7. 3

      I recommend a VCS(like git) with a bunch of files in it, in some format that makes sense to you(typically Markdown, but whatever). You can spruce it up with one of those wiki products that take files on disk as their storage. There are lots of those, but again, whatever.

      The format is basically permanent, it’s in a VCS so history is kept, and everyone can keep their own copies and send updates as they choose.

      1. 3

        I would also add that Git forges (GitHub, GitLab) typically render Markdown and a limited subset of Org without even needing some continuous integration. It’s both very convenient and very simple.

      2. 1

        We do this, but use a static site generator in a ci pipeline to build and publish the doc site

    8. 3

      [At work] I use plain old Markdown documents in a on-prem instance of GitLab but, if I was to set up something from scratch, I’d start with ikiwiki.

    9. 2

      Having seen various teams try various things, I suggest that documentation of the code itself needs to live in the same repository as the code itself. When the code and documentation exist in different places, they always drift apart over time. When code and documentation live together, it’s easier for developers and automated tools to check for discrepancies, and to spot divergence during code review.

      Design documents can live outside the repository as they describe ideas at a certain point in time. Documents aimed at non-developers who won’t check out the source code don’t belong in the repository. High level overviews of the system might live outside the repository, but the risk of divergence still exists, as does the need to publish them for non-developers to view.

    10. 2

      I think it’s extremely hard to beat markdown or text in a vcs repo. You can use a static site generator to build it and publish as a website if you want that functionality. Lots of git hosting solutions offer in browser viewing and editing as well. For those of us who prefer our own editors we can easily use that. It has the lowest overhead to keep up to date and easiest discoverability I think. You can even have most of the development documentation co-hosted with the application itself which makes it even easier to ensure the documentation is kept up to date via code review checks. Some of them can even be automated.

      Wiki’s require extraordinary gardening effort to keep up to date so long term discoverability becomes a nightmare. Wiki platforms all seem to have the worst editing experience as well.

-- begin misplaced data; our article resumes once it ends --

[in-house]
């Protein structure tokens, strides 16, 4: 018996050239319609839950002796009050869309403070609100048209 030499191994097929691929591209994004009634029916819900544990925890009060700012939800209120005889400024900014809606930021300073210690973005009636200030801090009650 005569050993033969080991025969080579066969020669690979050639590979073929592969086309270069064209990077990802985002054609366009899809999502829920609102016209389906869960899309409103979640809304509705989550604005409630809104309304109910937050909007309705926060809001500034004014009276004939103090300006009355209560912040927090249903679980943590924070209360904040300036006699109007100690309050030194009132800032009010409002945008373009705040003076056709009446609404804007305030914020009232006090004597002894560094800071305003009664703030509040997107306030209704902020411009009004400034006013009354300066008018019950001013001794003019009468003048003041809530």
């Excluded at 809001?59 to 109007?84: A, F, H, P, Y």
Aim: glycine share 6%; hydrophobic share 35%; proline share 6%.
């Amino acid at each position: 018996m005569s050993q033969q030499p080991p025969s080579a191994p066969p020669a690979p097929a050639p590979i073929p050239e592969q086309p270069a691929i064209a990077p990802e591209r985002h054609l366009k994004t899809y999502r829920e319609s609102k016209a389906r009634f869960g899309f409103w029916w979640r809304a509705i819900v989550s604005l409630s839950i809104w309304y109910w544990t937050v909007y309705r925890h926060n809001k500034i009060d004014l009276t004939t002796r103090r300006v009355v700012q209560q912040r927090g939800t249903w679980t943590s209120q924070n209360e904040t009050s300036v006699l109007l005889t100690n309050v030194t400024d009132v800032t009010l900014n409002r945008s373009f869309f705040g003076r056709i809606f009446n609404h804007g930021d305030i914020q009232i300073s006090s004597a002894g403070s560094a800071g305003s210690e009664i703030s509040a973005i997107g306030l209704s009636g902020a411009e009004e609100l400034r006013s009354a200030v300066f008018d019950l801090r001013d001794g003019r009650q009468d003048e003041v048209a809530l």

11. 1

      Discourse! Collaborative markdown with access control, and you can /pub/ publish some pages.

    12. 1

      We use markdown files checked into the relevant repository and use mermaid to add diagrams.

      The main reason for keeping docs in the repo is that it is easier for so many reasons:

      • searchable; search for an environment variable, find docs and code
      • accessible; no need to fight with other tools and permissions
      • permanent; no need to worry about tool migrations, losing doc history etc.
      • low friction; if docs are in place next to the code, it’s more likely to be updated
      • offline; I can use the docs while on a plane/ship etc.

      Higher-level concepts which cover multiple repositories go into another repo called “engineering-docs” but use basically the same format. We usually render the markdown into static websites using Hugo.

    13. 1

      I was very impressed with Material for MkDocs: https://squidfunk.github.io/mkdocs-material/. It is very easy to get started with and you get a decent-looking site. It’s very configurable, for example it’s just 1 setting to change and you get a top navigation instead of a sidebar. Most Python project use it.

    14. 1

      I like hedgedoc but I wish it could be used offline for emergencies.

      I wish there was something like logseq with crdt (free and open source).

      1. 2

        I’ve actually used the Hedgedoc API to extract docs for reuse in a static site generator. It’s not nearly as ergonomic as a native offline mode, but it doesn’t have the benefit of not requiring you to know that you may want a particular doc and preload/save it for use offline later.

    15. 1

      As of now, Google docs for flowing things and the ease of external sharing, and a version controlled docusaurus site for relatively stable things.

    16. 1

      Markdown in a repository, maybe some graphs, etc if necessary.